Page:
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Thursday, 12 October 2017

Pet Assisted Therapy

As anyone with a pet can attest – animals bring out the best in most people.  When our Sammy was still alive I loved returning home from Uni to be greeted by his overzealous joy.  Sammy always new how to brighten my days even on my darkest days he just knew what I needed - from a paw of kindness gently placed on my leg to a giant lurcher cuddle where you felt like your whole body was breaking!

There are many articles on the web written about the use of animals as therapy and all are very well informed and provide excellent links to find out more but none really demonstrate what Animal Therapy can do for Dementia Patients.

the edith ellen foundationThe Edith Ellen Foundation work in a holistic approach to care – which means that the Edith Ellen Foundation identifies the treatment of the whole person, taking into account mental and social factors, rather than just the symptoms of a disease.

Pets encompass the who holistic approach – they just see you the person not the illness.

Animal Therapy is proven to improve a patient's social, emotional, or cognitive functioning.

In the UK we have Pets as Therapy a national charity founded in 1983 by Lesley Scott-Ordish.

So how does Pet Therapy work for a dementia patient in a Care Home?

In a bid to make Care and Nursing Homes more “homelike” pet therapy has become a popular form of therapy.  And the benefits are well documented.  Pets bring great benefits to all of us - companionship, unconditional love, and fun. By their very nature, pets do not judge, and they are not critical.

There have been hundreds of research articles published on the benefits of pet therapy for people with dementia. Here are a few of those benefits:

1.    Improved Mood
Studies have citied the benefits of improved mood and an increase in social interaction.  Notably in people with dementia it has should to reduce the risk of developing depression which can further compromise their quality of life and functioning.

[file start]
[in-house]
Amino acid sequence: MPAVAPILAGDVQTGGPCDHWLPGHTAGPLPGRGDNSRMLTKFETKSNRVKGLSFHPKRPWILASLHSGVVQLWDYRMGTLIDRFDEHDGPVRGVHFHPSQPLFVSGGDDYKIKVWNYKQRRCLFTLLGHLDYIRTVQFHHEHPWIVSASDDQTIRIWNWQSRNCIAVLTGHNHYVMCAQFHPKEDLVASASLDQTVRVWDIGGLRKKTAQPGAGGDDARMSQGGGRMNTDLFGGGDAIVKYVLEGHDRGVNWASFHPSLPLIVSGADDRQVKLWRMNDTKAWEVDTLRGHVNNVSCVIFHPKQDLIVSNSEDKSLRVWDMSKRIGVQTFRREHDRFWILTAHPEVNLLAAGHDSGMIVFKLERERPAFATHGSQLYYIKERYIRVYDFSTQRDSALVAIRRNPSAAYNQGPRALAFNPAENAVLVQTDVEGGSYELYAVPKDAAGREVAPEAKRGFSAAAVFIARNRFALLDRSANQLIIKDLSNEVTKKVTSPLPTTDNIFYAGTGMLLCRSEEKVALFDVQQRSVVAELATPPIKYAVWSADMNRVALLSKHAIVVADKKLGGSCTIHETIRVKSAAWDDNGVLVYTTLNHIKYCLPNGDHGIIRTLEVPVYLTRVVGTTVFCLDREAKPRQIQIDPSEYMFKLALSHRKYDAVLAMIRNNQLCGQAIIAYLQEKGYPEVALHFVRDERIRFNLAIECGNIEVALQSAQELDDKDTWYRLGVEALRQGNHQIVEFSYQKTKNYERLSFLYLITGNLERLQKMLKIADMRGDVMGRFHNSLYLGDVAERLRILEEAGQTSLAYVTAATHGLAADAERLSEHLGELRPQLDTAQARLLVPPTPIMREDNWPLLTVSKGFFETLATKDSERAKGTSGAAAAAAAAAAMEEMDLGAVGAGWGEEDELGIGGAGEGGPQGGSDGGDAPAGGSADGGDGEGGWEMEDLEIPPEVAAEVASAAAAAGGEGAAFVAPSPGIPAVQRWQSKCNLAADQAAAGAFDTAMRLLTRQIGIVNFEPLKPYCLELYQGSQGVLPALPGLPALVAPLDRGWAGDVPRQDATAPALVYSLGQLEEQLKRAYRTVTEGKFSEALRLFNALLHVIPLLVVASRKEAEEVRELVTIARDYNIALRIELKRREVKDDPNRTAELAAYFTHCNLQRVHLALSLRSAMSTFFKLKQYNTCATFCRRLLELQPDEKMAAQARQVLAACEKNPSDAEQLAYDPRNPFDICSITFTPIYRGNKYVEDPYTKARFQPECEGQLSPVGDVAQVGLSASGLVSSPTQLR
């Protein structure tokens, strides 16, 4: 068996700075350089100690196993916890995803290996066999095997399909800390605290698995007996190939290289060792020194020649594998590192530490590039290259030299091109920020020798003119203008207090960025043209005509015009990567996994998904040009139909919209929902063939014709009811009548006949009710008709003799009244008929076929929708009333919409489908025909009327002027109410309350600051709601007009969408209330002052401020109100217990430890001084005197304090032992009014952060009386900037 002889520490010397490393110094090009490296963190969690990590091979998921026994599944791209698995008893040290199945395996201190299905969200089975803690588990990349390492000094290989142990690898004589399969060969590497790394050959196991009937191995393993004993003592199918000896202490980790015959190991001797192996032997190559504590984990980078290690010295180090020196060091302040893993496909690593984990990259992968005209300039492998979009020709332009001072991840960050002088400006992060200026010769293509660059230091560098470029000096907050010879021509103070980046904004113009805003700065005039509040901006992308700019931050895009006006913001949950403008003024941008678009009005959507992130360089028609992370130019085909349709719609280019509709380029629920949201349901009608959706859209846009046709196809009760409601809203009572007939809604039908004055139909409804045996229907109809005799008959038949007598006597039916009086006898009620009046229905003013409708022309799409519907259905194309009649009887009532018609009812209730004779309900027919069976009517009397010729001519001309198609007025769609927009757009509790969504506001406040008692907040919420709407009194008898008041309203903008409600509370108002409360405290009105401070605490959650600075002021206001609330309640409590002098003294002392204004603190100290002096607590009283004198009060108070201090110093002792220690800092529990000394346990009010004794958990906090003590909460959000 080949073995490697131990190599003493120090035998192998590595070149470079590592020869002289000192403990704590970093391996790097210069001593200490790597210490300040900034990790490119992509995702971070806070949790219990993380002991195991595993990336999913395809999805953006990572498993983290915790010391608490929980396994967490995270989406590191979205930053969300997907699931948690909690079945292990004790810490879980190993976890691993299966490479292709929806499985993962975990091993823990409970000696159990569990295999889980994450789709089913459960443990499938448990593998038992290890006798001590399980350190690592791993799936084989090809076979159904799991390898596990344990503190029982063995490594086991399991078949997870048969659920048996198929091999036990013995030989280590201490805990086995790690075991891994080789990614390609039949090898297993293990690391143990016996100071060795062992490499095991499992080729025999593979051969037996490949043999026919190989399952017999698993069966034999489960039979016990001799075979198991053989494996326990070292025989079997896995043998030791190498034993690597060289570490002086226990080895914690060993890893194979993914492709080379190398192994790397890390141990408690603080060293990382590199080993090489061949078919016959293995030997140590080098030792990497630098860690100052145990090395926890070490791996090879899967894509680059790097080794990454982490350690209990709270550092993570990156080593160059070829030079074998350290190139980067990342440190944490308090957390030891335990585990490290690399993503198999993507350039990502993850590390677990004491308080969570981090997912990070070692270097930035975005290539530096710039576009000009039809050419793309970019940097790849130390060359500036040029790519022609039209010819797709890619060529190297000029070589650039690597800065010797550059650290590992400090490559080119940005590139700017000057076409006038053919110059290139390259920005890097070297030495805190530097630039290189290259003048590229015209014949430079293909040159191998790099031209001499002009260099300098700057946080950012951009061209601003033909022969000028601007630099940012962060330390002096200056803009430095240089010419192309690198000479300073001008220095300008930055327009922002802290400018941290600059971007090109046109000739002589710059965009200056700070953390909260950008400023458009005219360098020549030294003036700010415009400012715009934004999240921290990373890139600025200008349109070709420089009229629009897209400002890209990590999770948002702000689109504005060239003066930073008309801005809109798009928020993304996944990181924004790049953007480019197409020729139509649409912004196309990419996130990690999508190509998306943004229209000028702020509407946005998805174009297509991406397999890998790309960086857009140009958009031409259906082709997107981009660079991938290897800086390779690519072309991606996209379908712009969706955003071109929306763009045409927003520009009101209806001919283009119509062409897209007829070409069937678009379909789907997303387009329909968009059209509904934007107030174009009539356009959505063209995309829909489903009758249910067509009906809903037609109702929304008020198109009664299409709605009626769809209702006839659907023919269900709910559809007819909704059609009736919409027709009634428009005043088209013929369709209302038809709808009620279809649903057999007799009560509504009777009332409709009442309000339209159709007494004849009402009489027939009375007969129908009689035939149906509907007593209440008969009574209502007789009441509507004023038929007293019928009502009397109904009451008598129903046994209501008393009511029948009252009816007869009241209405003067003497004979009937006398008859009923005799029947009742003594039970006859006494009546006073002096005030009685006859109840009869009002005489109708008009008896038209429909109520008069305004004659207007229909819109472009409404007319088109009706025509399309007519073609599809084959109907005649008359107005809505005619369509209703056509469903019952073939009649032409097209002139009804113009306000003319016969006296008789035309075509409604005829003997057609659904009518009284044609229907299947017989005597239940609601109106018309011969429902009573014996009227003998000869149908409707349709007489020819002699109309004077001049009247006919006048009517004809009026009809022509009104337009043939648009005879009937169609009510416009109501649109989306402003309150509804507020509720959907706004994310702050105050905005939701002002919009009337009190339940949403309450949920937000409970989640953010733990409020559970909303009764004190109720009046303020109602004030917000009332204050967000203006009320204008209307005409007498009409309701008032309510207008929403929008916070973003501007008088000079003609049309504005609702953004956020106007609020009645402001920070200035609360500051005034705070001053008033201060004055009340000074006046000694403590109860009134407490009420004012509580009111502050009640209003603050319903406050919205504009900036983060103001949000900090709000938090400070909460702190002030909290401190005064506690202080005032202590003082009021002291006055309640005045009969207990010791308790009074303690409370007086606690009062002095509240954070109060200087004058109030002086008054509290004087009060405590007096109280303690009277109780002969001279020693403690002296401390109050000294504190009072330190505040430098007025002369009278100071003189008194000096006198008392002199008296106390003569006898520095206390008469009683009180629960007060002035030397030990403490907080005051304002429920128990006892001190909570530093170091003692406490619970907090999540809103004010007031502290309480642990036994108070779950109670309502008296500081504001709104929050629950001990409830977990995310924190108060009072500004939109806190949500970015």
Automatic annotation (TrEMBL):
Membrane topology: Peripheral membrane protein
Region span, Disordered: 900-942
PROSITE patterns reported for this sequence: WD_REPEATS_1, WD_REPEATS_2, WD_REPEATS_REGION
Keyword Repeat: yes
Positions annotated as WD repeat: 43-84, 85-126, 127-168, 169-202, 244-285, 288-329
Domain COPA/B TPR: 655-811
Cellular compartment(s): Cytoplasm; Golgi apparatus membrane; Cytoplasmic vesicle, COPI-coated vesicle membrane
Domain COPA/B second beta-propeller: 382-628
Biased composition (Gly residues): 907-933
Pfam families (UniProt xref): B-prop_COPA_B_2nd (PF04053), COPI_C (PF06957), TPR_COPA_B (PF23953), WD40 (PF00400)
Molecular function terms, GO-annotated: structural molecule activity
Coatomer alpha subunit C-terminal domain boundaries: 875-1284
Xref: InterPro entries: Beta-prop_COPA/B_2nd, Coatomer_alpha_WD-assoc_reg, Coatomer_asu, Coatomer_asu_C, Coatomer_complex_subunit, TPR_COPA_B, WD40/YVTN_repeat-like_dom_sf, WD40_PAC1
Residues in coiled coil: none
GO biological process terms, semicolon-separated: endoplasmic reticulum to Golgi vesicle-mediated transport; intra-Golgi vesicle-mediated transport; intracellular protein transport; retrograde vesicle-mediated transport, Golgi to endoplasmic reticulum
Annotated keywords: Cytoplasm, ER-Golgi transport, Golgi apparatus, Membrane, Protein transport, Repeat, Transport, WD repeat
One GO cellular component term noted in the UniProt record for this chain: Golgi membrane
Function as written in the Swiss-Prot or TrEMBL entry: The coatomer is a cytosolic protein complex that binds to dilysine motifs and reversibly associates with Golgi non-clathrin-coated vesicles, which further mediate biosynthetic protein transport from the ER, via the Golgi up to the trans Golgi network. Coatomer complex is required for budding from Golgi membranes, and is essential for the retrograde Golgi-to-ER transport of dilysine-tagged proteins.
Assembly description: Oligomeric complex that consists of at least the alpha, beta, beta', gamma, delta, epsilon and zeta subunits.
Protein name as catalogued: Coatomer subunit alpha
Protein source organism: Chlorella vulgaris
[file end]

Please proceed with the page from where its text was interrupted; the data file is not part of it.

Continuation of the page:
By involving people in activities with dogs decreases their feelings of anxiety and sadness and increases their physical activity and positive emotions.

2.    Calming Effect
Along with improving Mood a study published in 2008 by a group of psychologists observed a calming effect following pet therapy.

Importantly it was shown to significantly lower blood pressure.

3.    Improved Nutrition
Nutrition is increasingly becoming a fundamental part of care and Pet Therapy has shown that by placing aquariums in a care home the residents’ food intake and weight increased.  This in turn decreased the need for nutritional supplements.

4.    Decreasing Behavioural Problems
I worked in a residential home for people with Dementia and we had a resident Cat.  I can honestly state that by having a resident cat as opposed to a visiting pet that a notable decrease in residents challenging behaviours was documented.

Types of Pet Therapy
Pet therapy runs the gamut and can include cats, bird aviaries, trained dogs and fish aquariums. Some nursing homes have animals that live at the facility, while others have people who bring animals in to visit regularly.

Some communities also have programs where they'll bring in animals from the local zoo and include an educational component.

Although most of the research on pet therapy has been conducted in Care Homes, it can also be used if someone with dementia is living at home. The presence of a dog or cat at home, for example, can provide some of the same benefits as noted above.

Finally, remember that animals used for pet therapy should be up-to-date on their shots, well-trained, and monitored to ensure everyone's safety, as well as to minimise the exposure for people who have allergies or simply don't care to interact with them.
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